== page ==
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if you look climate damages this is 2 to 3 degrees fahrenheit, they are black and in some cases they are declining. there is no climate crisisat all and there's actually a clements renaissance night right now . the agreed that degree that three degrees will be disastrous is not looking at the big picture the big picture is clear that net zero is mass impoverishment and mass premature deaths . >> if indeed let's say there is an increase in average global temperature from 1 to 5 degrees by the end of this century, does it make more sense nonetheless i think is the question to adapt and expand what we have to do so rather than necessarily trying to go to net zero on carbonemissions ? >> its net zero regardless as
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mass murder should not even be on the table if you look at the full context. policies should you have given that energy is so important? the key thing is to engage in any dell operation that is possible of low carbon alternatives and we are very fortunate we have an unbelievable low carbon alternatives and is cheaper for electricity and fossil fuels in the 70s which is nuclear which is unfortunately urgently criminalized the point where nuclear crisis almost are 10 times more today adjusted for inflation and they were in the 70s . and i think cleveryone should think of decriminalizing nuclear. they actually work to reduce co2 emissions, is not my highest priority but you can have it as a priority but they make energy for available to more people . if the green movement to look at professor dessler's track record, until this year he's been very hostile to nuclear and then he calls it expensive but that's another distortion.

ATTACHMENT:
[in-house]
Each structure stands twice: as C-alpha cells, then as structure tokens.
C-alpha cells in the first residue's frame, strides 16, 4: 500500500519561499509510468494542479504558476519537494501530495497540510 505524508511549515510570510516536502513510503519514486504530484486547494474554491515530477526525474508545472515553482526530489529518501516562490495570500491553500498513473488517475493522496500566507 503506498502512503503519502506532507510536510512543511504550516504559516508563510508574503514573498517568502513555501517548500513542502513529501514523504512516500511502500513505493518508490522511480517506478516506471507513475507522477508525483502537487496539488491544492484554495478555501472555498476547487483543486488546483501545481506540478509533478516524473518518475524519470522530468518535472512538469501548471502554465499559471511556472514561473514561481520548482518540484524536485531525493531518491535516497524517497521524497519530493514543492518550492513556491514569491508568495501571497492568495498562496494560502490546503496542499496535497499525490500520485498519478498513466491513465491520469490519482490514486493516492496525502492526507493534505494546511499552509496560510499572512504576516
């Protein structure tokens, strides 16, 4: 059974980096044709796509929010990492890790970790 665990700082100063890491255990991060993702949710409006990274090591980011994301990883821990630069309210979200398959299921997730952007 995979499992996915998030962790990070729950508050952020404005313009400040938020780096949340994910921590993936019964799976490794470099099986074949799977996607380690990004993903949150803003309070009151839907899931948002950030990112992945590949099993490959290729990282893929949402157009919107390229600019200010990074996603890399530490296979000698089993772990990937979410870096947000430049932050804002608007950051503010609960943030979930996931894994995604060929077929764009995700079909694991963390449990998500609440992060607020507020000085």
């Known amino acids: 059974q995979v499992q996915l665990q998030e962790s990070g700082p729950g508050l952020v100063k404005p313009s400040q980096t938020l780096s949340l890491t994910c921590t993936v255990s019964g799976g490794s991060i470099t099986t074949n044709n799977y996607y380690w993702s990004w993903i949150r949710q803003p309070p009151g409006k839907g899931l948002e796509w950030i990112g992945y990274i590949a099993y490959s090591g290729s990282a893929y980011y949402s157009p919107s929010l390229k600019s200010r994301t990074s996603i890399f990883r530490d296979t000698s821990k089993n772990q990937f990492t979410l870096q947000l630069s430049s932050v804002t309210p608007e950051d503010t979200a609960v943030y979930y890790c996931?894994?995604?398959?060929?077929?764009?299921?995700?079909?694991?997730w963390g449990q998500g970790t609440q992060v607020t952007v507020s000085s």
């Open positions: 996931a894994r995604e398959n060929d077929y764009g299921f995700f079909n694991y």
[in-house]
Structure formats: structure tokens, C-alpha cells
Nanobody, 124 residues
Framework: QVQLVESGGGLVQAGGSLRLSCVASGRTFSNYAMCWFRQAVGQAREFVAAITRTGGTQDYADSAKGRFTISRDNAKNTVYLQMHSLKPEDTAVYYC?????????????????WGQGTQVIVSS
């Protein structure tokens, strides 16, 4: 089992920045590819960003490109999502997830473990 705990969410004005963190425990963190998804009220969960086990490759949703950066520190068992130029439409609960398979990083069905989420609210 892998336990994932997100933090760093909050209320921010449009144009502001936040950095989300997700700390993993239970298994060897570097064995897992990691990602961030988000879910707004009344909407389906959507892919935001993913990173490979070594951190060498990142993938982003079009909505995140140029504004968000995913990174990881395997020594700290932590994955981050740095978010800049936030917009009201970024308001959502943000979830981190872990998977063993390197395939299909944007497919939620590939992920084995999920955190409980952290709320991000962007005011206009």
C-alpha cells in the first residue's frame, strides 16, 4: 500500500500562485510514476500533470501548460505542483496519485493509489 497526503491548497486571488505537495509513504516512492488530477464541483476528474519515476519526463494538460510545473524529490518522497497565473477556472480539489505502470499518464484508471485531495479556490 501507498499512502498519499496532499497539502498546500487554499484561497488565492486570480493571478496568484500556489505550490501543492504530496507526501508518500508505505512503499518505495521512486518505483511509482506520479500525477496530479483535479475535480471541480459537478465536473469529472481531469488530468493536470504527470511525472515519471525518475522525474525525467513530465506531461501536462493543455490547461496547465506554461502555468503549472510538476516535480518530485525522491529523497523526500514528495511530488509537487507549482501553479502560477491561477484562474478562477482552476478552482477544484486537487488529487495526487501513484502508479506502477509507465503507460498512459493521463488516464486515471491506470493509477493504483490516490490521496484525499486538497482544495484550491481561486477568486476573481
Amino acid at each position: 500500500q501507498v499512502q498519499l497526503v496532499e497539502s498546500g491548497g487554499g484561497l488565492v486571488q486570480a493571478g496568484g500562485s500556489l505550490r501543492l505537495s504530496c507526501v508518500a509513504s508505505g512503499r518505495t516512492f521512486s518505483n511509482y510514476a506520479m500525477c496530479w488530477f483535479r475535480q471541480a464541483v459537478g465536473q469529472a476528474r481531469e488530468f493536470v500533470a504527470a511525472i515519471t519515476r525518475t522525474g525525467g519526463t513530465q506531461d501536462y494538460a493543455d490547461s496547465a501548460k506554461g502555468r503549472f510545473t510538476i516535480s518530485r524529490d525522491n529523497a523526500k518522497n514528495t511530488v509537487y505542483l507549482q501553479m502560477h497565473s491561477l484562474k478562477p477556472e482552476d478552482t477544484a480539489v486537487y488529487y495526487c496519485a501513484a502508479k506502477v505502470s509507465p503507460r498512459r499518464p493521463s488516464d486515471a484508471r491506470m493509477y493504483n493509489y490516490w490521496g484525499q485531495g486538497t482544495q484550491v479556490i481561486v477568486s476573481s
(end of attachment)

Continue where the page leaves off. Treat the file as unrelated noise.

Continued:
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it's only expensive because of the green movement he is a major part of and a supporter of soap liberate nuclear, deliberate natural gas, stliberate alternatives but let me million people have energy and do not hold them back by this denial and distortion about solar and wind . >> i'm going to ask you a different question . this is one from our audience and it says environmental justice eseems to require making life for the poor and middle-class more expensive. is the only solution to reducing fossil fuels making american families by a tesla? >> i hate to do this, i have torespond to alex saying i'm being dishonest . in france most of their electricity is nuclear. the reason we don't do it in the us is regulatory . so is a statement we can do is wrong. getting back to your statement about, we do need
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to switch. if mwe want to get to a world that doesn't have air pollution deaths which mister epstein has not mentioned. if we want to get away from that which i think we should and people need to switch to electric . i don't think everyone needs to buy a tesla. one thing you see happening is 10 years ago people would laugh at you if you told them the penetration of electric cars would have today. what's going to happen is there are innovation cycles driving down all of these emother prices.
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>> it's a mistake to think about this as an energy versus energy source. think about it from a grid